He said the confidence that he gained from finishing fifth at Trials took him into his fall season and ultimately Phillips 66 Nationals this summer with a confidence he hadn’t experienced before.
“I was able to gain a lot of knowledge and experience from that race, and I took that to training and that carried into Nationals,” he said. “It was definitely a long year with recruiting trips and the end of high school looming but my coach, Isaac Grombacher, and I were able to put in the work in order to qualify for the World University Games and the U.S. National Team.”
During the college recruiting process, Grieshop said he ultimately chose Cal-Berkeley over his hometown Texas Longhorns because he felt more comfortable there with the team along with the opportunities that Cal has to offer – the school and living in California, in particular.
And then there’s the opportunity to work with coaches Dave Durden and Yuri Sugiayama, who Grieshop said know what it takes to “put people on the Olympic team.”
“I have been able to take lessons from the wins and the losses over my career and grown from each of them,” he said. “That being said, the amount of work to cover in 3 years to be in a position to represent the United States on the Olympic Team is something that I have never experienced, but I am avidly looking forward to.
“The focus, dedication and effort that I will put into the pool, the weight room and in life is going to be challenging but worth it. Yuri Sugiyama and Dave Durden have masterfully crafted a program that allows each swimmer to reach their full potential and that meshed well with my values. I felt as though I fit in with the team here at Cal. This is the place for me.”
Grieshop said he continues to find motivation in and out of the pool to be the best person he can be – setting goals and continuing to push himself forward to achieve his dreams.
“Getting there requires my performance, training and lifestyle to be functioning at the best level that I can get them to,” said Grieshop, who has his first collegiate dual meet this weekend against Utah.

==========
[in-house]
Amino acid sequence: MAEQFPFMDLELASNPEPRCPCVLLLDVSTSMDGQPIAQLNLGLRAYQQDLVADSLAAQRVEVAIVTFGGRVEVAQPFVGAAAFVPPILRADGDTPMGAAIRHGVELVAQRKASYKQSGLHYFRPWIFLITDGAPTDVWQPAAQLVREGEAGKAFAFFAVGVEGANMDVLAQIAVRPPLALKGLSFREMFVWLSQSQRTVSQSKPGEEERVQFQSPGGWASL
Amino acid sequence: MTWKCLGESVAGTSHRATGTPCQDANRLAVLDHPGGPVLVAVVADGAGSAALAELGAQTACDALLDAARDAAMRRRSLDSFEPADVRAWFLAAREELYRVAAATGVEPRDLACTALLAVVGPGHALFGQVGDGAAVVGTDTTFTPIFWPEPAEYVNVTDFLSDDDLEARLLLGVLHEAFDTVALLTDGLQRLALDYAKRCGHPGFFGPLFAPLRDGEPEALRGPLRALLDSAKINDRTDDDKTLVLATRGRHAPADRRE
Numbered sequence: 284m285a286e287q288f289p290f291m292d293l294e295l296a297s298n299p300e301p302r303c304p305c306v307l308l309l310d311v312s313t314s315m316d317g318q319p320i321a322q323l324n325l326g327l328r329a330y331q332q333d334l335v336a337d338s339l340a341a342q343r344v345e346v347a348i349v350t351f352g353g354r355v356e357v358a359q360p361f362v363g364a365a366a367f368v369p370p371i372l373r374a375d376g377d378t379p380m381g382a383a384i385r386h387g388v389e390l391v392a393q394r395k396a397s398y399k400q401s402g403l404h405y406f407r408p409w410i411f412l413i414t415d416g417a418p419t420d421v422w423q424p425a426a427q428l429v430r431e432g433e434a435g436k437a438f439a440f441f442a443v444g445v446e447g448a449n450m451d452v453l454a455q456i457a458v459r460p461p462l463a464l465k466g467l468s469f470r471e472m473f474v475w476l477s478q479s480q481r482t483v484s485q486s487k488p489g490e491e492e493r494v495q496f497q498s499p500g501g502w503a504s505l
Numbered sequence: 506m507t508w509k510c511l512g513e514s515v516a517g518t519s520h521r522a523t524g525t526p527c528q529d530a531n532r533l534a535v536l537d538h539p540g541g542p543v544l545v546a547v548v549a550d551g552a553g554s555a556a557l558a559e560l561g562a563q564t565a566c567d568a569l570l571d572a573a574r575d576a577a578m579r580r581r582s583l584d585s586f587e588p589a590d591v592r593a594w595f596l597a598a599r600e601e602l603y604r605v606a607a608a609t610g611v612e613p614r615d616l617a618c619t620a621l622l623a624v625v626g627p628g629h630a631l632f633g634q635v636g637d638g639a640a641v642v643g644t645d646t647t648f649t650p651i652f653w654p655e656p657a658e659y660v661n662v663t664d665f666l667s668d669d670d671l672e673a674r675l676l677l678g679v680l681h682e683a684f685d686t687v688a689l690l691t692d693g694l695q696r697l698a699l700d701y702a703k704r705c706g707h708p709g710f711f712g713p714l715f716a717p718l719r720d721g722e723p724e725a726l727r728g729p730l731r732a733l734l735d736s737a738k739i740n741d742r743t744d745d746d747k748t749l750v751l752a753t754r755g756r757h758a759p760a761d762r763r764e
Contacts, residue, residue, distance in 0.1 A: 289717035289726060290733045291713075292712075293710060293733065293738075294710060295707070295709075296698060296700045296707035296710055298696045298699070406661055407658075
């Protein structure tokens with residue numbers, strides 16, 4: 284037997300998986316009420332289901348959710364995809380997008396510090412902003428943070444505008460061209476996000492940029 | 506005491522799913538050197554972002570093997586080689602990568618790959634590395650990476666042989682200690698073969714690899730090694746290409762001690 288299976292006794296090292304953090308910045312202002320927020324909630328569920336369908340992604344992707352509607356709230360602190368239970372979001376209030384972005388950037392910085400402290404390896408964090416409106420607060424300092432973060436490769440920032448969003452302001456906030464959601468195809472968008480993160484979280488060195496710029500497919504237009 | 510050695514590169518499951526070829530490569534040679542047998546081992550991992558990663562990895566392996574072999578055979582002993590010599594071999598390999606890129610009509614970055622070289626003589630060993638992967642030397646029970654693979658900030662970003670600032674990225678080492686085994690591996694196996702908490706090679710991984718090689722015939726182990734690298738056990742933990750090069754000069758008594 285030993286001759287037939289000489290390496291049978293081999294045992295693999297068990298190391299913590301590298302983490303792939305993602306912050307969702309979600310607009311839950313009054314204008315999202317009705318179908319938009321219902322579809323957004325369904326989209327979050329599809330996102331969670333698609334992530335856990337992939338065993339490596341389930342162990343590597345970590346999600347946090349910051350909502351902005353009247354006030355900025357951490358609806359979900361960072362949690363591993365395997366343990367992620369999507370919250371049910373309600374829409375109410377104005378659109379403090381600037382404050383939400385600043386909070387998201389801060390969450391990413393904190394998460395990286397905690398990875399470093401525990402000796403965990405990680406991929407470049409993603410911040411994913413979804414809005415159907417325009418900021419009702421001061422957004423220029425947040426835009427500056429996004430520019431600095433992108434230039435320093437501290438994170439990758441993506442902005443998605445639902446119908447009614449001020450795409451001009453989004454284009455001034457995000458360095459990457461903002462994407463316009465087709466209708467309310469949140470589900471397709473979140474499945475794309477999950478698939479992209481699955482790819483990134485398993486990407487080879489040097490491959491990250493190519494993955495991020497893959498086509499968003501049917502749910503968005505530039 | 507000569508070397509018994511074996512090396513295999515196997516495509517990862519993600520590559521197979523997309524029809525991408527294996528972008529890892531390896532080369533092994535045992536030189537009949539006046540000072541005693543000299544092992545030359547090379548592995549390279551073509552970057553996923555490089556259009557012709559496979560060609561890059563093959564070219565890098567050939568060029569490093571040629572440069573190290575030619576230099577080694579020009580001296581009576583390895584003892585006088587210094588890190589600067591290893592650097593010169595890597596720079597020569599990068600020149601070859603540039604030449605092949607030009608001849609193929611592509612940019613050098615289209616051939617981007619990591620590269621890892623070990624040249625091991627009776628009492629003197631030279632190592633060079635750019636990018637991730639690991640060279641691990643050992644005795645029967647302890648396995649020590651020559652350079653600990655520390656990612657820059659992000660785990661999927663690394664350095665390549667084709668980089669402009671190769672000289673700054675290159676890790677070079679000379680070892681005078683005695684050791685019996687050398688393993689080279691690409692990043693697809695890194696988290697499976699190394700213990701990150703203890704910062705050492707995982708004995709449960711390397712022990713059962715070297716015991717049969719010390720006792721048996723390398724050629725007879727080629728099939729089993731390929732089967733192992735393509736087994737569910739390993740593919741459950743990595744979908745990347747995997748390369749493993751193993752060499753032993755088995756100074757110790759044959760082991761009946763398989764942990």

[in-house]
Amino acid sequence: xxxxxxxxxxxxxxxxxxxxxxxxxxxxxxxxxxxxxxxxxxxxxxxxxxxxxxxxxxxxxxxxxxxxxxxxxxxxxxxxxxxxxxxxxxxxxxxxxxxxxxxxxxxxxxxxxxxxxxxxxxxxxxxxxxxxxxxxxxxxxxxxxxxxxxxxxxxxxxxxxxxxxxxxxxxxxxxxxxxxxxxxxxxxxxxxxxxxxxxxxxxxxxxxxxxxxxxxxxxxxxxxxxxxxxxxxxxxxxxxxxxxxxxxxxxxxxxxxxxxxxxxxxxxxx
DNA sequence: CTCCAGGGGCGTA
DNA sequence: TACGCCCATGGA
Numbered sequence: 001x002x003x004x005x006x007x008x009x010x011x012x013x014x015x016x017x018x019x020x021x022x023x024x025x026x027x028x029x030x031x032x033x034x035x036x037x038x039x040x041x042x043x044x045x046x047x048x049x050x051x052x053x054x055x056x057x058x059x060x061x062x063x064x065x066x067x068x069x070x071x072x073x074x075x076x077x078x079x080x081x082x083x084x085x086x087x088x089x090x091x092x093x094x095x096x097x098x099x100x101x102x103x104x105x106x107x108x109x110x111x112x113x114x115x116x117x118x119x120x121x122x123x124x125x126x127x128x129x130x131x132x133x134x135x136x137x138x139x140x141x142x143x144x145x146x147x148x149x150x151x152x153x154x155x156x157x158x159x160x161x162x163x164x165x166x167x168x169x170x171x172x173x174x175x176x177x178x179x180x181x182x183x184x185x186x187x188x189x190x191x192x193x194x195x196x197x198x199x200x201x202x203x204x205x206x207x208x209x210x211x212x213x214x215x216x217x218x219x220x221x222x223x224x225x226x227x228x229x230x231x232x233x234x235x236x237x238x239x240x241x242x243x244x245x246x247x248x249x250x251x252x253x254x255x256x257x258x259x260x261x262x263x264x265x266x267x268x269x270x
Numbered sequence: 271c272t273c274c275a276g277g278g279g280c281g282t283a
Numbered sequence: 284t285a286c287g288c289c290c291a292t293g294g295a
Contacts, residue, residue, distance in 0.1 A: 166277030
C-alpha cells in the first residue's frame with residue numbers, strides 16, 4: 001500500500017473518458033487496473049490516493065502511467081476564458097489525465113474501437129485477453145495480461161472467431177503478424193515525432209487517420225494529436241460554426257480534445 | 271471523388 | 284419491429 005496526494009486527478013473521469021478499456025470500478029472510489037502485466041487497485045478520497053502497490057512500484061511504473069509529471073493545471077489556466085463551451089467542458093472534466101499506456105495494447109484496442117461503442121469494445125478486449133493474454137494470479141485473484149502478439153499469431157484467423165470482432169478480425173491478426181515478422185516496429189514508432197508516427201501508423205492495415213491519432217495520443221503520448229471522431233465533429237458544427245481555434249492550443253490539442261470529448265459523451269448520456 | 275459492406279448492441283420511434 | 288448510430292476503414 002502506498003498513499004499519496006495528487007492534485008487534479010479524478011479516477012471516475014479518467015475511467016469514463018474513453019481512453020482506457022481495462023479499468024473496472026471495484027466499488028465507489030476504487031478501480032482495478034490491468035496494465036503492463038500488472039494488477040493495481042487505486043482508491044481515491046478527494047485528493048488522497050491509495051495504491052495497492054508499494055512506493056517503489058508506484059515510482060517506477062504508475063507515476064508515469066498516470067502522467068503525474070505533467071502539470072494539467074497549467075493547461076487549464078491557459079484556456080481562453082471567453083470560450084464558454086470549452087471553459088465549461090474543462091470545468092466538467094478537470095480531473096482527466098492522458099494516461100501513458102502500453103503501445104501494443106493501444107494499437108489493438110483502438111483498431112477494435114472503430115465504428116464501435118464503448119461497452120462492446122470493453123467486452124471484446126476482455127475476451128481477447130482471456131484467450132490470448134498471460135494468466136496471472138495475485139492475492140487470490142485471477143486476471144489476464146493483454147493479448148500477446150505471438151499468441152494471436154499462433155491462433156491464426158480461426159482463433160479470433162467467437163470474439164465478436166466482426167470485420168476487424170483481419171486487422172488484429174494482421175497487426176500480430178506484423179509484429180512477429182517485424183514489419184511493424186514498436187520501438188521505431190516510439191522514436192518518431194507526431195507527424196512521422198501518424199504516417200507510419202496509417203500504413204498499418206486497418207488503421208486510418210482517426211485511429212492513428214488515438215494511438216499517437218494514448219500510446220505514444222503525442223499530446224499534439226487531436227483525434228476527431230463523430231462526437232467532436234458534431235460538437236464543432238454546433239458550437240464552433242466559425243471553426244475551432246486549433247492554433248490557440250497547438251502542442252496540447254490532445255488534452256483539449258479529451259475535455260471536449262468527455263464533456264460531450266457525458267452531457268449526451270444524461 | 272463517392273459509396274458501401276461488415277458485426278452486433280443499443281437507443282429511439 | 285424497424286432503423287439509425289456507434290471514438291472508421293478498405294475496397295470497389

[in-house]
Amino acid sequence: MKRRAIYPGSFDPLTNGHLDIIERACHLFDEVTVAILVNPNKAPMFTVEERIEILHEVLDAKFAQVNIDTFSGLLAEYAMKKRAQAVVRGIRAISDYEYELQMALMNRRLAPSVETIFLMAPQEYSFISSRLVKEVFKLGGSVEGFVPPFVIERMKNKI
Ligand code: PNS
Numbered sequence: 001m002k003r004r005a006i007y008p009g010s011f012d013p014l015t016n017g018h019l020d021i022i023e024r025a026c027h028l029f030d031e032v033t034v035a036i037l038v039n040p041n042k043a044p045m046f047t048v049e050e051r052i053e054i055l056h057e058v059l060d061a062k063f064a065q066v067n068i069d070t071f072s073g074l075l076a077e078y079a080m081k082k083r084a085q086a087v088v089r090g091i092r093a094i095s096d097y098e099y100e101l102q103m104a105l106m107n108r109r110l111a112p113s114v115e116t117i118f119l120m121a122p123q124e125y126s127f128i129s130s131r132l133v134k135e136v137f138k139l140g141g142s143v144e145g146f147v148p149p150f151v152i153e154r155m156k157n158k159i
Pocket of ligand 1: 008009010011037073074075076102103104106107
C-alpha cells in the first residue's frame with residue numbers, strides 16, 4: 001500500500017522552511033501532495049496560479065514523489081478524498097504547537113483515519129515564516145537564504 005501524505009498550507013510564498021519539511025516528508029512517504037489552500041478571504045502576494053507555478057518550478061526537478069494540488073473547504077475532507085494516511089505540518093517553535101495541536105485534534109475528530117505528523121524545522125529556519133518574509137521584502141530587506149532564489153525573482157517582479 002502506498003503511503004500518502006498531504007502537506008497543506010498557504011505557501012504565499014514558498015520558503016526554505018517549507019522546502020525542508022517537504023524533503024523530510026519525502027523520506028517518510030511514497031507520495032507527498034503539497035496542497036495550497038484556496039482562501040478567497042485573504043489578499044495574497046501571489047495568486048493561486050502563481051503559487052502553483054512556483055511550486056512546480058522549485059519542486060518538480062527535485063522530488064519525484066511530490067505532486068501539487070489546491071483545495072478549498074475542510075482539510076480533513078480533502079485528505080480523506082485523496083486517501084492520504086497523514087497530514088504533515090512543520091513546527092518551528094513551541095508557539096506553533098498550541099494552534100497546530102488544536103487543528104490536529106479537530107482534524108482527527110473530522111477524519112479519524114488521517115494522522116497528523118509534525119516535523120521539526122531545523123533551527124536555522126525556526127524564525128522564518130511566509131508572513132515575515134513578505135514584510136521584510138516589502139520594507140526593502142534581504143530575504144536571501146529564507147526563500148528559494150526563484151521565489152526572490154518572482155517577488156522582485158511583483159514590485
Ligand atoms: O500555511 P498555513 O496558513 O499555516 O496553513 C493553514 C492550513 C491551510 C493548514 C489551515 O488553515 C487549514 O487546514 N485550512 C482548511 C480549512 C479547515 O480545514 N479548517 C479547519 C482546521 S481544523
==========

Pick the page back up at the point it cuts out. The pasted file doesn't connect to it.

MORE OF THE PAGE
“Along with swimming fast and getting excellent grades, the experiences you get from training and working with everything that you get enables you to grow as a person. Being the best that I can be is what motivates me in and out of the pool.”
And because swimming is still fun for many of the same reasons he enjoyed it as a 10 year old – being around friends or being in the water on a hot summer day – there are many new reasons.
Now that he’s in a college setting, being a part of a team and working for something greater than himself is enjoyable “every second of the day.”
Also competing and giving his everything and demonstrating his abilities have become more and more fun.
“Swimming has taught me to give everything that I have in everything that I do,” he said. “Anything worth having is worth working for. I have found that the harder I work on something, whether it’s a project for school or an IM set in the pool, the greater the outcome.
“This applies in life to more than just athletics. It touches every aspect of my life including my relationships. I have also learned to persevere. When a race doesn’t go the way I expect it to, I have learned to process the pain and disappointment and use my energy to fix the problem.”